The Light Years (The Cazalet Chronicles) – Elizabeth Jane Howard

One of my regular complaints when visiting historical sites is that I don’t get enough detail about everyday life. Yes, the tiles are beautiful, but what kind of furniture did people use? Yes, that’s the kitchen, but how did they cook, what did they eat, what time did they get up? Why are there not pictures of how this would look when it’s full of silk curtains and platters of dates?

Some of my curiosity about everyday life in the past is being sated by The Cazalet Chronicles by Elizabeth Jane Howard.

The Cazalets are a large extended family who regularly get together in one place in sufficient numbers for me to forget which of the boys is the eldest, and which of the small children belongs to which brother.

In 1937, the generations span the times so that grandmother (the Duchy) is still suitably Victorian in her attitudes, while one granddaughter is starting to wear trousers. (shocking, I know) A woman facing an unwanted pregnancy reflects on how many married women have a few children, a large gap, and then one last baby. She can’t quite figure out who she could ask how to become unpregnant.

And the food! Louise learns how to make Bath buns and is rather good at them. Marie biscuits are kept by bedsides. Someone (Polly perhaps?) doesn’t really like milk chocolate but can’t tell her father because he meant it as a kind gesture. Two children on a rotating basis are allowed to eat dinner at the big table, rather than having supper in the nursery.

The Light Years was published in 1990, but the author has lived through these years (her ages approximately matches that of the elder grandchildren) so it combines the authenticity of a contemporary book with a slightly more modern style of writing, and the ability to look back.

If you like this sort of thing, you should read these books. The closest comparison I can think of is Diary of a Provincial Lady, which can either function as a recommendation for this (if you liked that, you might like this) or an additional recommendation,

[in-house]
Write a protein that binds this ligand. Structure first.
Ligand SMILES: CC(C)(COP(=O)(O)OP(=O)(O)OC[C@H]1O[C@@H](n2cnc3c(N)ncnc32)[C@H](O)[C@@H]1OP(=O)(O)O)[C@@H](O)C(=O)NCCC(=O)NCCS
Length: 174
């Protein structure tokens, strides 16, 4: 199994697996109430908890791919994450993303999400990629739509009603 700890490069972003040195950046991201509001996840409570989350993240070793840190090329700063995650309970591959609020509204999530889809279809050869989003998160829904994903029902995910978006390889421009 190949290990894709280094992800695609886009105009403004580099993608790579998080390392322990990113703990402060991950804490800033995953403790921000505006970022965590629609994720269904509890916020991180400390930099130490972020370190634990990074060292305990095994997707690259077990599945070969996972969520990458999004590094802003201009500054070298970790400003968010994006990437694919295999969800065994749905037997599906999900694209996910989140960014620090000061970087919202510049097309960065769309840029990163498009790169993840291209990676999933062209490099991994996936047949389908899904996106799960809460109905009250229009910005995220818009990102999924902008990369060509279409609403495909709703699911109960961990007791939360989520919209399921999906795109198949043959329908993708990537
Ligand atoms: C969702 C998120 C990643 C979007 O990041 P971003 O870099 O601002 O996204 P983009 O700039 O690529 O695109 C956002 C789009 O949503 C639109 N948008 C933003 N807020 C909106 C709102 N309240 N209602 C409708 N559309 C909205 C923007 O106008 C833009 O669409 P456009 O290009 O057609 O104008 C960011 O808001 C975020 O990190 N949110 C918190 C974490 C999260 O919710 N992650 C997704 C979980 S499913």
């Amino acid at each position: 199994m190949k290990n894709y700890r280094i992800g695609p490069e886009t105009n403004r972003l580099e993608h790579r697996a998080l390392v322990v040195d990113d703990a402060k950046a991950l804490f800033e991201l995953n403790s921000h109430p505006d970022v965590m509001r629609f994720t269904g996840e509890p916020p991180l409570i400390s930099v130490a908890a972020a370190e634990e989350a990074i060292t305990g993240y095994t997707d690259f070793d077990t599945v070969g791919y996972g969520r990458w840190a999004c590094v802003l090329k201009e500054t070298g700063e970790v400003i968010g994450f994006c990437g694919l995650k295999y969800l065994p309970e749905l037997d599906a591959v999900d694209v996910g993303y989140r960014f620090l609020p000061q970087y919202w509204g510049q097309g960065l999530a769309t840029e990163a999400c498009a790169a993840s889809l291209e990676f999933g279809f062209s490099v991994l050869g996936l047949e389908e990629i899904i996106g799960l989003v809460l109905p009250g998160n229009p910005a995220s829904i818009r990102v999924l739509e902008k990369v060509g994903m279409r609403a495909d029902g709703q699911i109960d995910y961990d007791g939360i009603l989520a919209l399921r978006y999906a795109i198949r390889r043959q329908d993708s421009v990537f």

2015 Book Challenge – #19 – Her Smoke Rose Up Forever

First post of the 2015 book challenge is here

This was recommended by a colleague, who neglected at first to mention that the author is FASCINATING.

First, the book.

Her Smoke Rose Up Forever by James TipTree Jr is a collection of SF short stories from the 70s (ish).

I am not usually a fan of short stories – I find the format very tiring as I need to adjust to a new world anew characters every few pages. My preference for a book is that if I like it I want it long, I want lots of that one book so I can get the maximum benefit out of my effort in getting into it. That’s probably why I like a long series (e.g. Wheel of Time), and why I enjoyed the doorstopper The Pillars of the Earth.

So I found this book a bit difficult, but in most cases it was worthwhile. The stories often deal with sex, gender, violence, and the state of being human. The colleague who recommended it, on hearing that I was actually reading, commented “they are a bit depressing”. It’s true. And the nature of the stories makes it entirely unsurprising to me that James Tiptree Jr was a woman. (go look her up). Apparently many other writers of the time were very surprised.

So, recommended but not “easy”. Only if you are in the mood to feel challenged (and a little disgusted, in a few cases).

2015 Book Challenge – 12 – Birdsong

First post of the 2015 book challenge is here

Birdsong by Sebastian Faulks was recommended to me by a friend with the strict instructions to NOT read Human Traces.

The first part of this book starts off in pre-war France, and for a moment I thought I was back in the Suite Francaise. Lingering descritions of the hot sultry summer, the slight pressure of a foot resting against and ankle. It all sounded stifling, and I was relieved when the war began. While the writing did start out as too atmosphere-based for my taste, I enjoyed little observations such as that the pattern on a teapot showed “small pink roses set, improbably, on trails of honeysuckle”.

Descriptions of the conditions in the trenches were engrossing. The cameraderie of the “pals” who had joined up together, and the sense of loss when their numbers dwindled, was strong without being overly sentimental. Jack Firebrace was particularly worth paying attention to.

Reading about optimism before the Somme – “casualties will be ten per cent” – was excruciating (as I’m sure it was designed to be).

In an introduction I read that there was very little written about the First World War for many decades after it happened – I suppose the interludes in the 70s were designed to highlight this. I was not entirely convinced that I cared much about Elizabeth or her maried lover or her employers, but the descriptions of her “career woman” lifestyle made interesting reading. As well as the war, it seems that the flu epidemic of 1918 (which I’d now consider to be widely heard-of) had also passed out of common knowledge.

The 70s pieces did give my favourite quote